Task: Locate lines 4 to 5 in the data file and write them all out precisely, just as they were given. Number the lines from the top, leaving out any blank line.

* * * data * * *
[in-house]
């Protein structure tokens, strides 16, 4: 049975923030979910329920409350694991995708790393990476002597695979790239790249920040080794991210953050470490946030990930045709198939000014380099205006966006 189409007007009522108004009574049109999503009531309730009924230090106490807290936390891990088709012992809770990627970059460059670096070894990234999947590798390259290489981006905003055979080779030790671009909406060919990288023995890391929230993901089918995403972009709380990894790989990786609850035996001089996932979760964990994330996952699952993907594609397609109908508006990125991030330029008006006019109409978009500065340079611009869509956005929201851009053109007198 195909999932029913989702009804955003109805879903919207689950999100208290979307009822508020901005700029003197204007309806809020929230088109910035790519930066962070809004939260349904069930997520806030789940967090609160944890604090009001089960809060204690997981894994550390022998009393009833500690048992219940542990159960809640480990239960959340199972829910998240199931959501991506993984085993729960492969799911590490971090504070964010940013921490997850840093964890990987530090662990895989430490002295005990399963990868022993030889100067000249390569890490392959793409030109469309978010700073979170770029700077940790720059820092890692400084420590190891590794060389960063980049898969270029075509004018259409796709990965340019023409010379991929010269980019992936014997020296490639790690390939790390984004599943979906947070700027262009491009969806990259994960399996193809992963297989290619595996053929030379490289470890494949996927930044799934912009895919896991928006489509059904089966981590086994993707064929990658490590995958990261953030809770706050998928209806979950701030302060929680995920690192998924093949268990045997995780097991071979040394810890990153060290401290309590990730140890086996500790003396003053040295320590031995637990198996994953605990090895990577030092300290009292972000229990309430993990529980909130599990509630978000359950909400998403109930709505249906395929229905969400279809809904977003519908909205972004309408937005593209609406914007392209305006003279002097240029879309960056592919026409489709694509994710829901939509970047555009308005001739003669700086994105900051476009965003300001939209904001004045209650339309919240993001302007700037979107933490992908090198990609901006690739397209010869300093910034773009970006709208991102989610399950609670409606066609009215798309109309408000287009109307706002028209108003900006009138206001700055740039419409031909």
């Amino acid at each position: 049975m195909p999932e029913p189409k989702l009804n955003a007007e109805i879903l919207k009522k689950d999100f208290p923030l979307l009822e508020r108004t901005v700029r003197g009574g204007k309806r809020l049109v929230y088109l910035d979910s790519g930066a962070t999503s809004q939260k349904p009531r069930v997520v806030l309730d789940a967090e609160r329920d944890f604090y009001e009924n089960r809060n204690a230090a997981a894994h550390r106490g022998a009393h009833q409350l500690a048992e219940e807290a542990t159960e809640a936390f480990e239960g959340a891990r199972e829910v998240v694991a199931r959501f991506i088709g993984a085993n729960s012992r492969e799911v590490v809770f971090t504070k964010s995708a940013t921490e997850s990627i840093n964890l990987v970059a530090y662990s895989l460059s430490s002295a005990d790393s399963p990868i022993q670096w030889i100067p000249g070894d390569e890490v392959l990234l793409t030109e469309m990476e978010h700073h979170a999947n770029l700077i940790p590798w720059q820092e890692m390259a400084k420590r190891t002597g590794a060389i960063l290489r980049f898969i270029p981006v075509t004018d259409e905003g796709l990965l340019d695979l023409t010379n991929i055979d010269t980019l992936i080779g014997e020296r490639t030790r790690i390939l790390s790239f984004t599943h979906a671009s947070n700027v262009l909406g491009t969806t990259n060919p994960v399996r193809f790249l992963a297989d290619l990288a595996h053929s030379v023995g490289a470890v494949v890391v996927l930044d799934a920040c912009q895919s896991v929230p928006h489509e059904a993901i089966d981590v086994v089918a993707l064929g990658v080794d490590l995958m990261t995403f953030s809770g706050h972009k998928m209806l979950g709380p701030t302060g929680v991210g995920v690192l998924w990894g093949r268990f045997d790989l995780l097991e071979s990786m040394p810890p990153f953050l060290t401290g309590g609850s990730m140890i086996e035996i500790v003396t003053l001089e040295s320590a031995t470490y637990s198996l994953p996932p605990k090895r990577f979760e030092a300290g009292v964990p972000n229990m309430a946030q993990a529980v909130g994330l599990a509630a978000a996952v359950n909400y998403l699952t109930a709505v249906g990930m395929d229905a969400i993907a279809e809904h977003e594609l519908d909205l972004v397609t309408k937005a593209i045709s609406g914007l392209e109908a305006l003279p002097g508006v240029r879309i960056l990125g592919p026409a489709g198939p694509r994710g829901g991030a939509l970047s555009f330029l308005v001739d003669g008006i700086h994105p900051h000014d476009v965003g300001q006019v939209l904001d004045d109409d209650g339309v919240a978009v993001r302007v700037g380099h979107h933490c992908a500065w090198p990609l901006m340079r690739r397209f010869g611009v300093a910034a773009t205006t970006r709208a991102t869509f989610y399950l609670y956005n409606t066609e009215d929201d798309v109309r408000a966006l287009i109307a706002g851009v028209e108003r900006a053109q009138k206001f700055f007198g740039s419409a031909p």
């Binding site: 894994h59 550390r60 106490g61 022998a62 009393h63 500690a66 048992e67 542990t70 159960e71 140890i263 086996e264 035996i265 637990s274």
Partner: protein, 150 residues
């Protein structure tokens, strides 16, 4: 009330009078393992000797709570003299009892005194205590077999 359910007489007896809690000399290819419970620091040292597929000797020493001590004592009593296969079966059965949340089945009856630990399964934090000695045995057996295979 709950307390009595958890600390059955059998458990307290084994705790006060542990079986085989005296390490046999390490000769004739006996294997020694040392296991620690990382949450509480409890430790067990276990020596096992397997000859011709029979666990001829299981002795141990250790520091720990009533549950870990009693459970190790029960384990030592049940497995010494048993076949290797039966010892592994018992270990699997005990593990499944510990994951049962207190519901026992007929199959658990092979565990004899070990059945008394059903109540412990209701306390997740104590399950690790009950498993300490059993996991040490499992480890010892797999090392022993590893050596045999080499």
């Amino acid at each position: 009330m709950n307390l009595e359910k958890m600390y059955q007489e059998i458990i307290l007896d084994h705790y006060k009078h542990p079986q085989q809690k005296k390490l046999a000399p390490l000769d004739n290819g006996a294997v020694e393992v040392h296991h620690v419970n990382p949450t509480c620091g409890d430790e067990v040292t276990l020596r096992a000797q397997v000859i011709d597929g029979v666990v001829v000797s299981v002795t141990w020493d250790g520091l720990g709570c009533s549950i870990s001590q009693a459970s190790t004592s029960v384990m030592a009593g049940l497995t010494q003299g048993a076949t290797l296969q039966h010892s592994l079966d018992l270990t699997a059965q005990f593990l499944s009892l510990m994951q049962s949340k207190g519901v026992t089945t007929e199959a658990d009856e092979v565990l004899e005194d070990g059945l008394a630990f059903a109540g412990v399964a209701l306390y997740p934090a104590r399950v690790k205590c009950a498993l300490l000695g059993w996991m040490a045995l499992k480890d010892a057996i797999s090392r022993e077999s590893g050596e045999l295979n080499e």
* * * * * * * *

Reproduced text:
């Binding site: 894994h59 550390r60 106490g61 022998a62 009393h63 500690a66 048992e67 542990t70 159960e71 140890i263 086996e264 035996i265 637990s274």
Partner: protein, 150 residues